Even as plastics firms are learning to work with China, they can see India fast approaching in their rear-view mirrors.
Plastics growth in India is expected to average double-digit rates in the near future. China's industry is more established and its infrastructure is in better shape, but India's population is younger and its technology base is stronger. Both nations have populations of more than 1 billion, making them each a crucial target for multinational firms seeking growth.
``We're talking now with companies that are focused on India because they feel they were left behind by China and missed the opportunity,'' said Larry Hotaling, founder of Global Diligence Ltd., a Hong Kong-based consulting firm that began by focusing on China but now is very active in India, as well. Hotaling, a former executive vice president with contract manufacturer Flextronics International Ltd., spoke at the Plastics News China Forum, held Nov. 14-15 in Rosemont.
India is perceived as being about 10-15 years behind China because of its infrastructure, Hotaling added. Power failures now occur about 17 times a month in India, more than double China's monthly average of seven. Government regulations also are powerful in India, where companies with more than 100 employees need government approval to fire anyone.
Hotaling anticipates a future global production model that would start with product definition taking place in the United States or European Union before tooling and design work occurs in India. Tool building then would be done in India or China and final production in China, or another low-cost country such as Vietnam.
``It's not outsourcing as we understand it today,'' Hotaling said. ``It's sourcing talent and competencies at the best price, irrespective of location.''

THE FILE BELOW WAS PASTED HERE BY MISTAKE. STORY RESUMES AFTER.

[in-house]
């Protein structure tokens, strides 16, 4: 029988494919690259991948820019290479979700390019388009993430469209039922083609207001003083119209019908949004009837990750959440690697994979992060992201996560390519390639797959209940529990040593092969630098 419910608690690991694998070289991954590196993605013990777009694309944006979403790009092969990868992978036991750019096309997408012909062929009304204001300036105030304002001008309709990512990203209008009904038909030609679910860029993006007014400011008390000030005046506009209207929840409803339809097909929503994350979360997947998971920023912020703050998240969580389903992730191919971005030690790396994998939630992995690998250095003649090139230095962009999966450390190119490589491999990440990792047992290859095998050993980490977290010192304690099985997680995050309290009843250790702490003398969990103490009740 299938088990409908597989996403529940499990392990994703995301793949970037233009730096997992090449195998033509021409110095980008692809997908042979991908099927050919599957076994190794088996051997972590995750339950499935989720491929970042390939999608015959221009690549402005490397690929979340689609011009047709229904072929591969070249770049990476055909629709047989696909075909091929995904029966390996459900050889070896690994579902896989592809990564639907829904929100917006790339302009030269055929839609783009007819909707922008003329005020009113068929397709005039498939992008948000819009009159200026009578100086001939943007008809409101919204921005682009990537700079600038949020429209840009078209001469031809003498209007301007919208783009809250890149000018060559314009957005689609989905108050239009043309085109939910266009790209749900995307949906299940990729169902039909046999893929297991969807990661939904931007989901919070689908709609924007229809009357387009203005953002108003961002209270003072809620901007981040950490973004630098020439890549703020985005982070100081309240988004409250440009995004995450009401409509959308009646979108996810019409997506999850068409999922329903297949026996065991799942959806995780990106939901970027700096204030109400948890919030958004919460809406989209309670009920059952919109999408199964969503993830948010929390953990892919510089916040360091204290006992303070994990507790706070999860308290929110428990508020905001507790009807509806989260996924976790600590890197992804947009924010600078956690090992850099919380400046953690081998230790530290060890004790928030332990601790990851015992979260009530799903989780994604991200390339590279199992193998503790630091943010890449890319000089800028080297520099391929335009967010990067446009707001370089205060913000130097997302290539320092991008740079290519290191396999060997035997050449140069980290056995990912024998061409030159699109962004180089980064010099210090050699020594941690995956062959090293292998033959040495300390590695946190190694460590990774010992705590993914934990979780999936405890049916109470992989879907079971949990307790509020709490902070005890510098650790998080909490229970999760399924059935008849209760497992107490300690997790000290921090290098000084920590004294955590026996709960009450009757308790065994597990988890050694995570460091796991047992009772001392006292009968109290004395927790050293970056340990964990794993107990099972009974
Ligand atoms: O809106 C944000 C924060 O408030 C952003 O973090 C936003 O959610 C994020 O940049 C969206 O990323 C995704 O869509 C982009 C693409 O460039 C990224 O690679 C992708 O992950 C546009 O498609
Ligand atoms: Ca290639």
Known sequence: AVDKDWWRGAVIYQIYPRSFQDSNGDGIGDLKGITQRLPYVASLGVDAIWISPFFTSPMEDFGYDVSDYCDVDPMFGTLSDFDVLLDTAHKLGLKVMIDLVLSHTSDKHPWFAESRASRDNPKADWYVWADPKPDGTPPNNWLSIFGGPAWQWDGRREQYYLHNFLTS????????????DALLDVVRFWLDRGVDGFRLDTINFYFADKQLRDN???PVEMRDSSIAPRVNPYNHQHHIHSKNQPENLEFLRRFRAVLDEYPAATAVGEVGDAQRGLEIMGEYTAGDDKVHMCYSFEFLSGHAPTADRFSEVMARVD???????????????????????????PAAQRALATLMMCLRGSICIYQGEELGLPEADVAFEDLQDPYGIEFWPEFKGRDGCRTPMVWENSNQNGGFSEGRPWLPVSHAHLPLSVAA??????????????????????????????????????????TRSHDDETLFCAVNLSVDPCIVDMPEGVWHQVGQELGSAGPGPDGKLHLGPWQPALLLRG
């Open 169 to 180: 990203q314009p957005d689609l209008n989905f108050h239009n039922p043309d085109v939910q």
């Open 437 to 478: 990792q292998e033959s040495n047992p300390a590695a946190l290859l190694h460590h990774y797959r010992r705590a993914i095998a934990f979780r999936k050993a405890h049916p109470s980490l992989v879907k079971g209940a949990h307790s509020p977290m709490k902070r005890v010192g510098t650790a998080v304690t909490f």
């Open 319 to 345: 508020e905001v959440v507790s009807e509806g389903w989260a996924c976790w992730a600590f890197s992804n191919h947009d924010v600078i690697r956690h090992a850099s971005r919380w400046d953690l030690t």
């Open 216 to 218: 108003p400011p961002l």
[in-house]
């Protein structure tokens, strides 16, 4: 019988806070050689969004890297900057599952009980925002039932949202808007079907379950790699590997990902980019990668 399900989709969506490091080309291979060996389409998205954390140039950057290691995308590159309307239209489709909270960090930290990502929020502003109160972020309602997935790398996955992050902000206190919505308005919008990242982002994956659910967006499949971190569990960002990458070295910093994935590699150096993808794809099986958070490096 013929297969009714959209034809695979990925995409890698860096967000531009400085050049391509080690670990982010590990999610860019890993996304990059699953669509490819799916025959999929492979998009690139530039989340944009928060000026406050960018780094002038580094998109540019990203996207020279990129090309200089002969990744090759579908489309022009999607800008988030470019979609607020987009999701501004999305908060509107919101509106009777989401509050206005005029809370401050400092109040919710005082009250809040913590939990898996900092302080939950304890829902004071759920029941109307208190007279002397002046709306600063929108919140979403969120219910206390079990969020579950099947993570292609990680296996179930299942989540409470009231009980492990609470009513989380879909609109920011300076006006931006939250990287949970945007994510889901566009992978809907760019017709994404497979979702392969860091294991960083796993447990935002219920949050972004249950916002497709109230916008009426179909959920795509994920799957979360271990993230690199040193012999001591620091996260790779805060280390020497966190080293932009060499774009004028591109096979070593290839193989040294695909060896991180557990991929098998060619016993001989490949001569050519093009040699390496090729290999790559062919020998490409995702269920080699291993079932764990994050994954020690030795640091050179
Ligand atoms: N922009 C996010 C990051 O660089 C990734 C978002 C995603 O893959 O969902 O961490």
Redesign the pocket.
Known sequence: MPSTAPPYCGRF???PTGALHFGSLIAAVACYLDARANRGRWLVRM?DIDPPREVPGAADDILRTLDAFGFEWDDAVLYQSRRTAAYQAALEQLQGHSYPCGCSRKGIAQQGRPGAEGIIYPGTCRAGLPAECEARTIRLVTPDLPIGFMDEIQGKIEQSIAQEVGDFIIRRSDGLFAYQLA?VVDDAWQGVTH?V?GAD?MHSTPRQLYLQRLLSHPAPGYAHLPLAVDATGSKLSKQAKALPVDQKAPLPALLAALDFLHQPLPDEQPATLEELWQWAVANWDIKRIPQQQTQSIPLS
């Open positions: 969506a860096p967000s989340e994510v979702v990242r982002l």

International business veteran Jay Woerner has worked in both countries and agrees that each has its own set of advantages and challenges. Woerner now serves as vice president of Asia operations for Cincinnati-based machinery maker Milacron Inc. In that role, Woerner serves as chairman of two Asian joint ventures - Milacron Plastics Machinery (Jiangyin) Co. Ltd. in China and Ferromatik Milacron India Ltd. in India.
The road to establishing a presence in these giant markets was not always smooth. In India, Woerner said that Milacron underestimated the amount of working capital required, the time needed to get government approvals and the amount of supplier development needed for quality standards. Obtaining visas for training personnel also was more difficult than expected.
``It took us four years to get to break-even in India, but now the operation is very successful,'' he said at the Plastics News event.
In China, Milacron's applications were approved more quickly, but the company had to learn that localized sourcing is the key to profitability.
``Expect one to two years of sourcing preparation, supplier research and supplier qualification,'' Woerner explained. ``You also have to know what price you can sell your products at.''
Worker behavior also varies between China and India. Woerner said that, in his experience, workers in India ``tend to deviate from the system'' and are less productive, while workers in China generally are more disciplined, follow established systems and are more productive.
Woerner and Hotaling both agreed that getting up to speed on both China and India will be necessary for manufacturers and suppliers in other parts of the world.
``You don't have to choose one or the other - you'll have to deal with both,'' Hotaling said. ``Both have the capacity to become economic powerhouses of the 21st century. The financial global markets of the U.S., China and India are forever intertwined.''